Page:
Gratitude List: 1. Crisp morning 2. Looking forward to family Zoom today 3. Ten deep breaths of outside air enliven me 4. Greeting the Beings of this place grounds me 5. Rain brings more greens
May we walk in Beauty!
“Sell your cleverness and buy bewilderment.” —Rumi
“Absolutely unmixed attention is prayer.” —Simone Weil
“You can never leave footprints that last if you are always walking on tiptoe.” —Leymah Gbowee
“God speaks to each of us as [she] makes us, then walks with us silently out of the night. These are the words we dimly hear: You, sent out beyond your recall, go to the limits of your longing. Embody me.” —Rainer Maria Rilke
“I do not see a delegation of the four-footed. I see no seat for the eagles.” —Chief Oren Lyons, Onondaga
“Be soft. Do not let the world make you hard. Do not let pain make you hate. Do not let the bitterness steal your sweetness. Take pride that even though the rest of the world may disagree, you still believe it to be a beautiful place.” —Kurt Vonnegut
“I told them we’re tired of the culture wars, tired of Christianity getting entangled with party politics and power. Millennials want to be known by what we’re for, I said, not just what we’re against. We don’t want to choose between science and religion or between our intellectual integrity and our faith. Instead, we long for our churches to be safe places to doubt, to ask questions, and to tell the truth, even when it’s uncomfortable. We want to talk about the tough stuff—biblical interpretation, religious pluralism, sexuality, racial reconciliation, and social justice—but without predetermined conclusions or simplistic answers. We want to bring our whole selves through the church doors, without leaving our hearts and minds behind, without wearing a mask.” ―Rachel Held Evans
Go deeper. Past thoughts into silence. Past silence into stillness. Past stillness into the heart. Let love consume all that is left of you. —Kabir
MESSAGES TO SELF: Breathe in. Breathe out. Breathe in sunshine. Breathe in the fluttering of bird wings in sunlight. Breathe out worry and anxiety and grief. Breathe in the solidity of trees. Breathe in the stalwart courage of oak and locust and sycamore. Breathe out worry and anxiety and grief. (They will still be there for you to examine and explore. For now, let them go.) Breathe in and raise your head. Drop your shoulders. Stand or sit up straighter. Breathe the worry and sadness out the soles of your feet, into Earth. She can hold them for you. Breathe in love and compassion. Breathe out gratitude. Breathe in. Breathe out.
Today at some point, put you bare feet on Earth. Put your fingertips in water. Place your hands oh so tenderly on the bark of a tree. And breathe.
Gratitude List: It feels like these lists are all beginning to repeat, as I sit at the same window every morning to write these lists, and my days look the same. 1. Bird life in the holler. One goldfinch is now fully suited up for summer. Phoebe is speaking its name into the cool morning. The sun turns that red cap on the downy woodpecker to fire. 2. The trees that surround me. 3. The waters that run through the hollow on their way to the River. 4. A lighter day today. The assignments are a little lighter today, and I am going to grade speeches. Enough. Enough. I have done enough. 5. Finding joys and wonders and delights to balance the sadness and anxiety.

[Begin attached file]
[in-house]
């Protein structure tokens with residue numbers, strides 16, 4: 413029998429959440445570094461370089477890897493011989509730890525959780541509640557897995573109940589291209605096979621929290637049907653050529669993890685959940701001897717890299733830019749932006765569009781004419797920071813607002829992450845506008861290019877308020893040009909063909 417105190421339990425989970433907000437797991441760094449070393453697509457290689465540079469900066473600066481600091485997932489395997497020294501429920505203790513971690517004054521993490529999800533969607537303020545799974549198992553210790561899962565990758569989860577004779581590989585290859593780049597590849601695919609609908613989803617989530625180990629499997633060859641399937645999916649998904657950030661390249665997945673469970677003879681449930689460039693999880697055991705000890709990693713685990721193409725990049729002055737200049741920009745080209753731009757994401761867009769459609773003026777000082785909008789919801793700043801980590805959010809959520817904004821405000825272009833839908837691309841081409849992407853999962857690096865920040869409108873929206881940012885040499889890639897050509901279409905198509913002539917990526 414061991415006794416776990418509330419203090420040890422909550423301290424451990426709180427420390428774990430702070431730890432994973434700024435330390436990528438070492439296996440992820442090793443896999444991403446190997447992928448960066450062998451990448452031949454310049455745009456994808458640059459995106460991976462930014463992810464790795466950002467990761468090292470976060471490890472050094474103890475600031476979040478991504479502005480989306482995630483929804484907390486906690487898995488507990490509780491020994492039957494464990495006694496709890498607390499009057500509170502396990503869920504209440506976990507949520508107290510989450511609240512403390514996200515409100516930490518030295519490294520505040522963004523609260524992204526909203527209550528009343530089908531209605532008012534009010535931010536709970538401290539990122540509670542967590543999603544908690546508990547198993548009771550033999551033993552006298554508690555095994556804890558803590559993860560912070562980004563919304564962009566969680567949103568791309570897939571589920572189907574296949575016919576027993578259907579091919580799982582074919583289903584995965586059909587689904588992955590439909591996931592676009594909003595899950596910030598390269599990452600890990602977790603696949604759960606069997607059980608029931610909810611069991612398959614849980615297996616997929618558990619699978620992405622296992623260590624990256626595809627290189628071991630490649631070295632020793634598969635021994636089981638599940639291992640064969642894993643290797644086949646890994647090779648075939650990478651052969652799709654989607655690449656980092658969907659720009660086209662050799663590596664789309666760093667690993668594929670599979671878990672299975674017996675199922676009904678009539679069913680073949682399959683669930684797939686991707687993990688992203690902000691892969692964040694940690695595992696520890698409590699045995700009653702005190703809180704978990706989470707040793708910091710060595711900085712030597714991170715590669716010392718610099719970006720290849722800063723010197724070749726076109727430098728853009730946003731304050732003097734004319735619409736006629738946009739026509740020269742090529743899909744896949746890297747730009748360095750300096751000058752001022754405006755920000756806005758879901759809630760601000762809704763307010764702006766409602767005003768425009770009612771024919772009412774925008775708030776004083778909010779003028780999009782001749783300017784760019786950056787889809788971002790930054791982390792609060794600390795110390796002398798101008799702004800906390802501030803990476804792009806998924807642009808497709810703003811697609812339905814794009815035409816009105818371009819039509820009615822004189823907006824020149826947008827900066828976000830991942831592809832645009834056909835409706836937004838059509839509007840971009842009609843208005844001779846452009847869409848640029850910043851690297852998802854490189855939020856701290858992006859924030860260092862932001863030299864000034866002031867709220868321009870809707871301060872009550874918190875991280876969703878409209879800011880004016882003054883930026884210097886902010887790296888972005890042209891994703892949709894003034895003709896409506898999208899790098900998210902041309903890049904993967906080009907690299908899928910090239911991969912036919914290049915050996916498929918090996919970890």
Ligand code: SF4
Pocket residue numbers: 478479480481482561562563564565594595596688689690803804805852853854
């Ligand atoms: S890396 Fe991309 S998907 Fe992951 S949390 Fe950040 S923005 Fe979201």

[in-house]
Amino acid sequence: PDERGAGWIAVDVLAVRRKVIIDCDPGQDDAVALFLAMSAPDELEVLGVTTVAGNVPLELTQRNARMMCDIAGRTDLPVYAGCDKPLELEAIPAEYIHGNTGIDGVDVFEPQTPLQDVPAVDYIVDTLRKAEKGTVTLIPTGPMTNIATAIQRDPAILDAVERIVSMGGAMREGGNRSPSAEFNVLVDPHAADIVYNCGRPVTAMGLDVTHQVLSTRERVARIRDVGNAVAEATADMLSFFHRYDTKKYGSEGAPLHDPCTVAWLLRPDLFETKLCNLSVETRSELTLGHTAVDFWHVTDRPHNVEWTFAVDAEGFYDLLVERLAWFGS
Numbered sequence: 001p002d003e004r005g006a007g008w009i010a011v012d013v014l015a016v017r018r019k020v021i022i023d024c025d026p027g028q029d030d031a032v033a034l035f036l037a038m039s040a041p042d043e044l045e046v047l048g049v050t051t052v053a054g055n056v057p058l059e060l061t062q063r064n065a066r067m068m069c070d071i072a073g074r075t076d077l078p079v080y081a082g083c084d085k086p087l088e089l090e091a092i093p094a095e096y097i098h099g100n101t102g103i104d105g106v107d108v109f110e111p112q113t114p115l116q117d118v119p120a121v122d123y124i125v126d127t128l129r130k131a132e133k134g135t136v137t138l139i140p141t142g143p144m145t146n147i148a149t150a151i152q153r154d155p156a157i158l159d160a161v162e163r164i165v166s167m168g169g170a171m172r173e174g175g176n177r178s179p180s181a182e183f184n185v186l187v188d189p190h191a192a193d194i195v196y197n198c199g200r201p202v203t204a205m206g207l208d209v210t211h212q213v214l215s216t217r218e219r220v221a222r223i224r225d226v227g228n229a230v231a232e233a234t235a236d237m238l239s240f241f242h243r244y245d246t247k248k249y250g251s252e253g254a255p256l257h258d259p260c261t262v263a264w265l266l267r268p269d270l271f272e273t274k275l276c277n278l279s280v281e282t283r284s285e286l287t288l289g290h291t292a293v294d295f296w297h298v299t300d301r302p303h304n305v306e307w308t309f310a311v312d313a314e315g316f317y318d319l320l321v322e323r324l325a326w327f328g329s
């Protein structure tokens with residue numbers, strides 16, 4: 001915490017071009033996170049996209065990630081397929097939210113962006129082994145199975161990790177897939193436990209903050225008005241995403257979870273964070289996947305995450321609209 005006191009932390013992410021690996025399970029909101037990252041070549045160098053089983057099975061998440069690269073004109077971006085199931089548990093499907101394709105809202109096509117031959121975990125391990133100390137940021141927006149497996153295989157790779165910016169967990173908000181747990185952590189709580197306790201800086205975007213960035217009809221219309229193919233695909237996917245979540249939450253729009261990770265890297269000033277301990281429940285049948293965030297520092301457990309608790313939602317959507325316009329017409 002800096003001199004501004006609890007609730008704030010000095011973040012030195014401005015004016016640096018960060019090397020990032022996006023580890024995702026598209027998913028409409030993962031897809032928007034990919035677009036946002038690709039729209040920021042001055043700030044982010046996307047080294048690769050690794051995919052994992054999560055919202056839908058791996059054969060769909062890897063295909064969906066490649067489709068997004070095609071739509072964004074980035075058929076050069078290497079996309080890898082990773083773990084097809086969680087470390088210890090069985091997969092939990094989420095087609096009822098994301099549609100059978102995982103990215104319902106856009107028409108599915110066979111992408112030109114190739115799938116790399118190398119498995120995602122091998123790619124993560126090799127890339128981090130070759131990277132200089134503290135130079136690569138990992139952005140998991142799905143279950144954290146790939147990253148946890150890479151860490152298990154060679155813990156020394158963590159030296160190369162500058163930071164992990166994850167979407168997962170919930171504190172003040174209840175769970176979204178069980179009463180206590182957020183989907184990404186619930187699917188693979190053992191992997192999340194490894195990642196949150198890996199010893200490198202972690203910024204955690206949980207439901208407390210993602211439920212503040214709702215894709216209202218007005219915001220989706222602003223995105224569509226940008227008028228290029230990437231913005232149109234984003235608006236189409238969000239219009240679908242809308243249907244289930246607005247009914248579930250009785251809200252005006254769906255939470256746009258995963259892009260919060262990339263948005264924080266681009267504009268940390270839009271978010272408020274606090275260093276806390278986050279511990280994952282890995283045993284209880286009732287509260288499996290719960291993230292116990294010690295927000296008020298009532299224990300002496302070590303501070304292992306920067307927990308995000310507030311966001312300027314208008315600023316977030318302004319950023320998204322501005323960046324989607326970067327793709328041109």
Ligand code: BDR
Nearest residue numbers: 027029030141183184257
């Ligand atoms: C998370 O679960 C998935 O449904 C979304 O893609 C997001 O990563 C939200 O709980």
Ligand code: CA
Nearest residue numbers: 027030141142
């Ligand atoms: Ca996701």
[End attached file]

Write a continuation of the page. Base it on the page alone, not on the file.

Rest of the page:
Take Care of Yourself. Take Care of Each Other.
“What we seek, at the deepest level, is inwardly to resemble, rather than physically to possess, the objects and places that touch us through their beauty.” —Alain de Botton
“We are capable of suffering with our world, and that is the true meaning of compassion. It enables us to recognize our profound interconnectedness with all beings. Don’t ever apologize for crying for the trees burning in the Amazon or over the waters polluted from mines in the Rockies. Don’t apologize for the sorrow, grief, and rage you feel. It is a measure of your humanity and your maturity. It is a measure of your open heart, and as your heart breaks open there will be room for the world to heal.” —Joanna Macy
“We should have respect for animals because it makes better human beings of us all.” —Jane Goodall
“Let yourself be silently drawn by the strange pull of what you love. It will not lead you astray.” —Rumi
“If you hear the dogs, keep going. If you see the torches in the woods, keep going. If there’s shouting after you, keep going. Don’t ever stop. Keep going. If you want a taste of freedom, keep going.” —Harriet Tubman
“The little grassroots people can change this world.” —Wangari Maathai
“Some form of the prayer of quiet is necessary to touch me at the unconscious level, the level where deep and lasting transformation occurs. From my place of prayer, I am able to understand more clearly what is mine to do and have the courage to do it. Unitive consciousness—the awareness that we are all one in Love—lays a solid foundation for social critique and acts of justice.” —Richard Rohr
“You don’t have to attend every argument you’re invited to.” —Anonymous
As I walk today’s fifth passage into the dark labyrinth tunnel of December, I can’t help but contemplate the cobwebs. In my physical house, the spiders have moved in from garage and attic to the house proper, seeking warmth and light and fresh insects. (Some of that is on my list winter comforts, too, though not the third.) I do take down the webs when the spiders become too assertive with their territory-claims, but mostly I live and let spin. They’ve learned to eat the stink bugs in the past five years or so, so I can’t begrudge them too much real estate.